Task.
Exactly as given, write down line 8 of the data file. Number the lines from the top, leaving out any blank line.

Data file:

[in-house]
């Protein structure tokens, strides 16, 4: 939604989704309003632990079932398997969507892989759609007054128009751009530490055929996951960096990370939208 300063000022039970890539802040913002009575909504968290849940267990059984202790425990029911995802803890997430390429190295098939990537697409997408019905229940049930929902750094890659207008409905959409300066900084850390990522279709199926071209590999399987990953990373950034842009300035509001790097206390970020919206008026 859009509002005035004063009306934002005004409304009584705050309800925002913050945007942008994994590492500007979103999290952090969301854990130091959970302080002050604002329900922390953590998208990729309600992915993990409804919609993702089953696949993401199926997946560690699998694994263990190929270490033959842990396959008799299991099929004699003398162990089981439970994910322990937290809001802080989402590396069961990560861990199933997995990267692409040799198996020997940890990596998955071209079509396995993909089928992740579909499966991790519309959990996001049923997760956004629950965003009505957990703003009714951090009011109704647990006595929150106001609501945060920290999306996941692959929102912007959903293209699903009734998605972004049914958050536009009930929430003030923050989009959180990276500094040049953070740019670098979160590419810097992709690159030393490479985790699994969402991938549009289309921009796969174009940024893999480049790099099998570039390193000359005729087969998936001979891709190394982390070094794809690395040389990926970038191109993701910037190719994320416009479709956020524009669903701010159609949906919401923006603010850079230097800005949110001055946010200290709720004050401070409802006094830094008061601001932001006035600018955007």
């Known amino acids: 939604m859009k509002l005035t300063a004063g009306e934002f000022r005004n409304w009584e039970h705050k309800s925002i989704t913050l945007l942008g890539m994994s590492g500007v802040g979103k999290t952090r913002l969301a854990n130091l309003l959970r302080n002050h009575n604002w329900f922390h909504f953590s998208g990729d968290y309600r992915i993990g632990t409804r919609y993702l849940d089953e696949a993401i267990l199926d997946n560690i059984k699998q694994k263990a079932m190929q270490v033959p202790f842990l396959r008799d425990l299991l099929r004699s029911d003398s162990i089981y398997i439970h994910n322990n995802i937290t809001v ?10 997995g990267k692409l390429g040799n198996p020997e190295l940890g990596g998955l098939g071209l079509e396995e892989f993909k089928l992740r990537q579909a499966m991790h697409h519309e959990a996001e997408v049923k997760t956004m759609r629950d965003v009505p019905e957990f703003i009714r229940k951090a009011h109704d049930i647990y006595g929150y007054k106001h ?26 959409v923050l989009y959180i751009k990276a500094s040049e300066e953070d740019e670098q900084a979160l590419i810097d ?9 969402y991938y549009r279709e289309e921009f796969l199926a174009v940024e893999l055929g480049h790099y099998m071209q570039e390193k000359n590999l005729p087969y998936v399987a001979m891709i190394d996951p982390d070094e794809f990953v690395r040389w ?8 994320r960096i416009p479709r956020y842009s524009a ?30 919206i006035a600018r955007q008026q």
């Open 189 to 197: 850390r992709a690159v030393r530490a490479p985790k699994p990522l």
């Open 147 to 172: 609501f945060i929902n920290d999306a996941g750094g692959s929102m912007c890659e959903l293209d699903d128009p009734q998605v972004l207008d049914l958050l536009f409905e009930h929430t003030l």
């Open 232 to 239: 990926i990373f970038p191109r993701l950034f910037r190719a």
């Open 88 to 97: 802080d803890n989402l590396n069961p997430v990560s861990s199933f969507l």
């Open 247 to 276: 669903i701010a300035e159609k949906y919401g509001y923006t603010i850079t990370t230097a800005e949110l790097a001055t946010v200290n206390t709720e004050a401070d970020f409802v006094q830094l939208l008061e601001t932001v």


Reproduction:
């Open 247 to 276: 669903i701010a300035e159609k949906y919401g509001y923006t603010i850079t990370t230097a800005e949110l790097a001055t946010v200290n206390t709720e004050a401070d970020f409802v006094q830094l939208l008061e601001t932001v």